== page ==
Kobe is able to do what I have always struggled with – not care what other people think. 

Where I used to (and sometimes still do), let people’s opinion’s of me effect me.  Kobe could give a %$#@.  He uses the doubters and haters as fuel to win.

Photo cred: The Moawad Group

Photo cred: The Moawad Group

My depiction of the Mamba now is of a man who is fearless, a winner, unfazed by the moment, driven, ultra-focused, has elite mental toughness, has an extraordinary high pain threshold, a warrior, and one of the fiercest competitors to play professional sports.  I am envious of all those things.  I wish I had more Kobe Bryant in me.  I loved how when asked during his press conference how he was able to take in all the festivities and fanfair…he said, “I stuck to my routine, and I focused on what I needed to do to win.  I didn’t change my process for the moment.”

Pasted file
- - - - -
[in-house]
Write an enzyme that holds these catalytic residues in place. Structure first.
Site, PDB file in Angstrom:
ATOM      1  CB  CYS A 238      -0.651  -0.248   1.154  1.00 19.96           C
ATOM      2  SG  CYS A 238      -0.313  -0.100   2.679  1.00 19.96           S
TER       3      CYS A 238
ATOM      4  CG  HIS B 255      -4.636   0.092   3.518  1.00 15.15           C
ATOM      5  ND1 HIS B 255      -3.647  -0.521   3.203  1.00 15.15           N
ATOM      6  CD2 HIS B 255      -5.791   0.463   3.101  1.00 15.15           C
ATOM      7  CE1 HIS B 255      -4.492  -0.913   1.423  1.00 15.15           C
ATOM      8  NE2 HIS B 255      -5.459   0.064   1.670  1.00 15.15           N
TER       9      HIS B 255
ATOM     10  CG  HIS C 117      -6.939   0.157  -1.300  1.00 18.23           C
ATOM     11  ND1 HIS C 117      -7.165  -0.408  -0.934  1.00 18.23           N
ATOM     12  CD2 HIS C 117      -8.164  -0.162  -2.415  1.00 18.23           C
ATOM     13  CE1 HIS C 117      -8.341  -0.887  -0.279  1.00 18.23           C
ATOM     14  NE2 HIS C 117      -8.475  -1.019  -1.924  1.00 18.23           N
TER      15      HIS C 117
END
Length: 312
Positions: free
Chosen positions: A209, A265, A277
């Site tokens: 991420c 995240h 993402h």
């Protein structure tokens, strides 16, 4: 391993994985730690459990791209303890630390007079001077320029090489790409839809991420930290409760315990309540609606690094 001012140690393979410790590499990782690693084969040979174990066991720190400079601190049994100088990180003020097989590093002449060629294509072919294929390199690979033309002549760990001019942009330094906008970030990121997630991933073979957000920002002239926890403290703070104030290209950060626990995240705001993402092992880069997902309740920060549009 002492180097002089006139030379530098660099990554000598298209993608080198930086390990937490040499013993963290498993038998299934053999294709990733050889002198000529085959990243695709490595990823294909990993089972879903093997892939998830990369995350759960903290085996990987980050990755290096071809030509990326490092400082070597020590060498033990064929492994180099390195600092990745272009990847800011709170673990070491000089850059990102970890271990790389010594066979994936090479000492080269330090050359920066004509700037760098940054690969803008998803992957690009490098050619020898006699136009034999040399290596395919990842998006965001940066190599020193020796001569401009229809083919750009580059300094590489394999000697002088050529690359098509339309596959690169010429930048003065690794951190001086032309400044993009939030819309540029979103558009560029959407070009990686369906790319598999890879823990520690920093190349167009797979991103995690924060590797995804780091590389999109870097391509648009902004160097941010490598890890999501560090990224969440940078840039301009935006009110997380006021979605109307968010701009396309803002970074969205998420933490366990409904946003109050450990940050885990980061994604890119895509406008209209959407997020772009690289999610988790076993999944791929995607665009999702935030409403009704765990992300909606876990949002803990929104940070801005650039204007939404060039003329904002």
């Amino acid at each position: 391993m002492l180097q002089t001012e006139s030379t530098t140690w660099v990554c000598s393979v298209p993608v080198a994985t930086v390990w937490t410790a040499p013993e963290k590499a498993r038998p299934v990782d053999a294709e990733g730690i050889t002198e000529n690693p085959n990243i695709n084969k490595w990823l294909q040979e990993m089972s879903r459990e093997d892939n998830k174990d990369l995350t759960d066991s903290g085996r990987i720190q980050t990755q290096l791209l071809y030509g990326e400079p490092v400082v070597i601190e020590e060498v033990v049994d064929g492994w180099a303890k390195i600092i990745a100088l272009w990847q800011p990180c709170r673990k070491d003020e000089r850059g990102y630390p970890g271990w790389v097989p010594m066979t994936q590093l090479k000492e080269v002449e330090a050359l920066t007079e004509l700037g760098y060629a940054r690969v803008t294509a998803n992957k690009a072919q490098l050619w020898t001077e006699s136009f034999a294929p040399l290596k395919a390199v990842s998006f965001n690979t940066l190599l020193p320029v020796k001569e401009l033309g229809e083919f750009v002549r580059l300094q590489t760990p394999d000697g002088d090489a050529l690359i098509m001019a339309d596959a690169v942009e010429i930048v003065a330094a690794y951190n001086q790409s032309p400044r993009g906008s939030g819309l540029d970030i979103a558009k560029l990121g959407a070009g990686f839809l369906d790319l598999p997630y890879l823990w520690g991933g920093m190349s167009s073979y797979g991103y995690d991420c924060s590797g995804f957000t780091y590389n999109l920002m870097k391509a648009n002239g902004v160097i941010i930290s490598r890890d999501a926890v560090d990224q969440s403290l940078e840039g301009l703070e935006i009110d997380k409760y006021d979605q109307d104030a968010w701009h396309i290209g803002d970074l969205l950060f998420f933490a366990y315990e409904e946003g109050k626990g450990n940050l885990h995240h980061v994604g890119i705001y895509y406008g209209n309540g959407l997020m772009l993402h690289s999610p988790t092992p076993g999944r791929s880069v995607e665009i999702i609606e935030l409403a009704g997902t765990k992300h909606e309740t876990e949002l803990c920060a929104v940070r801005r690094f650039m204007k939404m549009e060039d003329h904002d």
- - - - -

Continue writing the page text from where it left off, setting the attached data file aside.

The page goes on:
And that’s what I learned the most from Kobe.  Kobe is an icon, and in the discussion for being one of the best ever…not for what he did when the lights where shining bright, but what he did when no one was watching and what was going on between his ears…his mental approach.  Kobe’s work ethic, his commitment to improve himself every off-season, his mental and physical toughness to overcome multiple years of playing through injuries, and his obsession with winning.  His positive mental self-talk…his unwavering belief in himself.  Just like Jeter, Kobe did not change his process for any moment and that is why they are both legends.  When times get tough, or when the pressure is on, we need to remember to stick with our process, our routine – mostly mental – less physical.